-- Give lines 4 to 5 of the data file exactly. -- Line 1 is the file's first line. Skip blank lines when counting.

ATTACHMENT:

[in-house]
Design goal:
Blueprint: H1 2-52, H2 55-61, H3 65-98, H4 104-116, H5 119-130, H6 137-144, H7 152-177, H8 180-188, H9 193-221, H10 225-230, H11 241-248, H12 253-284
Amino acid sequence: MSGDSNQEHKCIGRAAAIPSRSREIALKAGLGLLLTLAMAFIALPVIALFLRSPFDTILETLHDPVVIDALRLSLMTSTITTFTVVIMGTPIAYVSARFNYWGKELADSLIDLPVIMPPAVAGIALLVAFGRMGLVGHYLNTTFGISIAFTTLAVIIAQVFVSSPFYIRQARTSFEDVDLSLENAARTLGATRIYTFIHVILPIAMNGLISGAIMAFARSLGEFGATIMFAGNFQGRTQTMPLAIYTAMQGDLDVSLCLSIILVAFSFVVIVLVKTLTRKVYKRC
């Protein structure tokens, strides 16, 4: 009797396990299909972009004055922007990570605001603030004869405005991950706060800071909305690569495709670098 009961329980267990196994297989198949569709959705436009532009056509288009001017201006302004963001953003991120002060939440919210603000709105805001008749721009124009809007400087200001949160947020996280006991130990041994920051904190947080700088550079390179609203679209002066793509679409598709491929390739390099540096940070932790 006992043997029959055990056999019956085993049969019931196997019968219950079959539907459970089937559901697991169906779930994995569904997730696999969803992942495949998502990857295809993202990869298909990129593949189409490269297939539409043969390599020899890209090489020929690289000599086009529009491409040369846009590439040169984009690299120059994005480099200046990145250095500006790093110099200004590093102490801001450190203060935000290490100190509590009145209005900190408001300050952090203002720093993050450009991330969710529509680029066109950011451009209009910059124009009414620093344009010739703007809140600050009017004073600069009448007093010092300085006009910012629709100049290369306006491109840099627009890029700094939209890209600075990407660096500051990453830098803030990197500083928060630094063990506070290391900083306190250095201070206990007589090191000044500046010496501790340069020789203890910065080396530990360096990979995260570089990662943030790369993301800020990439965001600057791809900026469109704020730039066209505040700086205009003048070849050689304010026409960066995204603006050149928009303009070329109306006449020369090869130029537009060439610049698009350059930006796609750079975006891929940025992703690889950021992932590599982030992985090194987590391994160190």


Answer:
Amino acid sequence: MSGDSNQEHKCIGRAAAIPSRSREIALKAGLGLLLTLAMAFIALPVIALFLRSPFDTILETLHDPVVIDALRLSLMTSTITTFTVVIMGTPIAYVSARFNYWGKELADSLIDLPVIMPPAVAGIALLVAFGRMGLVGHYLNTTFGISIAFTTLAVIIAQVFVSSPFYIRQARTSFEDVDLSLENAARTLGATRIYTFIHVILPIAMNGLISGAIMAFARSLGEFGATIMFAGNFQGRTQTMPLAIYTAMQGDLDVSLCLSIILVAFSFVVIVLVKTLTRKVYKRC
């Protein structure tokens, strides 16, 4: 009797396990299909972009004055922007990570605001603030004869405005991950706060800071909305690569495709670098 009961329980267990196994297989198949569709959705436009532009056509288009001017201006302004963001953003991120002060939440919210603000709105805001008749721009124009809007400087200001949160947020996280006991130990041994920051904190947080700088550079390179609203679209002066793509679409598709491929390739390099540096940070932790 006992043997029959055990056999019956085993049969019931196997019968219950079959539907459970089937559901697991169906779930994995569904997730696999969803992942495949998502990857295809993202990869298909990129593949189409490269297939539409043969390599020899890209090489020929690289000599086009529009491409040369846009590439040169984009690299120059994005480099200046990145250095500006790093110099200004590093102490801001450190203060935000290490100190509590009145209005900190408001300050952090203002720093993050450009991330969710529509680029066109950011451009209009910059124009009414620093344009010739703007809140600050009017004073600069009448007093010092300085006009910012629709100049290369306006491109840099627009890029700094939209890209600075990407660096500051990453830098803030990197500083928060630094063990506070290391900083306190250095201070206990007589090191000044500046010496501790340069020789203890910065080396530990360096990979995260570089990662943030790369993301800020990439965001600057791809900026469109704020730039066209505040700086205009003048070849050689304010026409960066995204603006050149928009303009070329109306006449020369090869130029537009060439610049698009350059930006796609750079975006891929940025992703690889950021992932590599982030992985090194987590391994160190």